A recent question came in from Facebook about a passage in Leviticus that’s a little odd—ok, really odd!—to modern readers.
Then he presented the other ram, the ram of ordination, and Aaron and his sons laid their hands on the head of the ram. And he killed it, and Moses took some of its blood and put it on the lobe of Aaron’s right ear and on the thumb of his right hand and on the big toe of his right foot. Then he presented Aaron’s sons, and Moses put some of the blood on the lobes of their right ears and on the thumbs of their right hands and on the big toes of their right feet… (Leviticus 8:22-24, ESV)
Question: WHY? What is the purpose, significance and symbolization?
In context, Moses is ordaining the priests and, using water (Lev. 8:6), oil (Lev. 8:10, 12) and blood (8:15), ceremonially cleanses all the parts of the sacrificial system—the altars, the implements, everything used in the sacrificial system was set aside from ordinary use with these special baptisms.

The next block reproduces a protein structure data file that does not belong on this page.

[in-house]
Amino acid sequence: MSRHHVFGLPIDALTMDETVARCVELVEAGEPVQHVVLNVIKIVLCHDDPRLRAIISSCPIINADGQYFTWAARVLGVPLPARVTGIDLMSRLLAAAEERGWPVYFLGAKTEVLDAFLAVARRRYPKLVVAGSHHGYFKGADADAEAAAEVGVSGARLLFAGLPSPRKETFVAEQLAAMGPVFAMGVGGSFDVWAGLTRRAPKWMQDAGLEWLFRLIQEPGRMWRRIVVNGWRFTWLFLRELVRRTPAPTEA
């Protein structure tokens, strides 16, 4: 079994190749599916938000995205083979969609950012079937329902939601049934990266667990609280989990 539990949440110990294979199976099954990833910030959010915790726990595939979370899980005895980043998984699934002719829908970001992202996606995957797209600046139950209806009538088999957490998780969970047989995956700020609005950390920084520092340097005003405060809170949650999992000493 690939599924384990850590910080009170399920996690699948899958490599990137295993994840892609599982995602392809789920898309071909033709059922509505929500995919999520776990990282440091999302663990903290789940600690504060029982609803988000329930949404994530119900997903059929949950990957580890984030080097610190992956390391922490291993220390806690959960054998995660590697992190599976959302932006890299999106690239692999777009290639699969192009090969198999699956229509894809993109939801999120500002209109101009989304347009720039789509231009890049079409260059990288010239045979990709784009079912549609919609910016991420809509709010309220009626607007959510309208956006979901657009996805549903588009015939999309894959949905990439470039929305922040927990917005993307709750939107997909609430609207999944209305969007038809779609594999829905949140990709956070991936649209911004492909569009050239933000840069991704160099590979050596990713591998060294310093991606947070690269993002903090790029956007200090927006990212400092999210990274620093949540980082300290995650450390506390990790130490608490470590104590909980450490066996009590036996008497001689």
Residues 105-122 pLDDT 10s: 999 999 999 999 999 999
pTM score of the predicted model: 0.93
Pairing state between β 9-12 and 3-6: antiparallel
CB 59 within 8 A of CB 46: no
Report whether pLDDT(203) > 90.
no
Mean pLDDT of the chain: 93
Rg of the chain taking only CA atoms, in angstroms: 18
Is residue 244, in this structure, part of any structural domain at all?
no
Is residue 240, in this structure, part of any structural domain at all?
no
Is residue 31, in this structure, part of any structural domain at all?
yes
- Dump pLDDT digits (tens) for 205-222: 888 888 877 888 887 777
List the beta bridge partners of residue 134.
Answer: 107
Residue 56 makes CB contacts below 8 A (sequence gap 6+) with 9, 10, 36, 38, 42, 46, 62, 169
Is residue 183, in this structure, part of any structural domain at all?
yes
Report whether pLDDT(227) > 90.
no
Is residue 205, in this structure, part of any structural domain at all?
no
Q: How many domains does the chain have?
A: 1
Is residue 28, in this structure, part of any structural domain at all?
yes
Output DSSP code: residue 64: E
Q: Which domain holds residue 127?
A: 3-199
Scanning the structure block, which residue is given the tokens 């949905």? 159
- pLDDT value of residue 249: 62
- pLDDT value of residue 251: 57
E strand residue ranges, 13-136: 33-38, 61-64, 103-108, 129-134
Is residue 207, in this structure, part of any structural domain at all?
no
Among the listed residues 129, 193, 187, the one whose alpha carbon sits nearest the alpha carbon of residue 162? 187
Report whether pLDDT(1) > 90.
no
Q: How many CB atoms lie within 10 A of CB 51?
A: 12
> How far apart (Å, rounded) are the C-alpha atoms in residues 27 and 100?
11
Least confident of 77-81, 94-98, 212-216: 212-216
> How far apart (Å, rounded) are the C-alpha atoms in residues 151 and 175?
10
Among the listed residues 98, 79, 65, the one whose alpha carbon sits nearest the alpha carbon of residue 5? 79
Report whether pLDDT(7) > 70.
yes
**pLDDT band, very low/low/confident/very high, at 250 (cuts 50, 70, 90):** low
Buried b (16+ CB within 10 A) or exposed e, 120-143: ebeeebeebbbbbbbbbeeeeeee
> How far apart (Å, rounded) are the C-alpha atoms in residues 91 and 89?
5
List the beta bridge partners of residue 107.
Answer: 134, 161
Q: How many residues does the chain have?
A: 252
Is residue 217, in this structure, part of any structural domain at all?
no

When Moses finishes with the inanimate parts of the Tabernacle, he moves to the human parts—the priests. They are also anointed/baptized with water, oil and blood.
This application of blood “consecrated” them, or set them aside for special religious functions. No longer could they live their lives anyway they might choose—priests lives were forever changed, see Leviticus 21 for details.
The location of the blood on the right ear, foot and thumb seems to symbolize that the whole being, the entire person, and all his strength (the right side was viewed as stronger) belonged to the Lord. It also would have been a way of checking off the requirements for office—no one with any deformities could serve as a priest. Ears were inspected, and marked as passed. Hands then feet checked for deformities then passed with a spot of blood applied.
For believers today, we are baptized and have Jesus’ blood applied to us, spiritually speaking, inside and out. We too are set aside for special use. And as Jesus showed in his ministry, rather than rejecting those with imperfections from his ministry, he drew them close to himself and healed them and made them a part of his family. This could only happen under the New Covenant that Jesus inaugurated.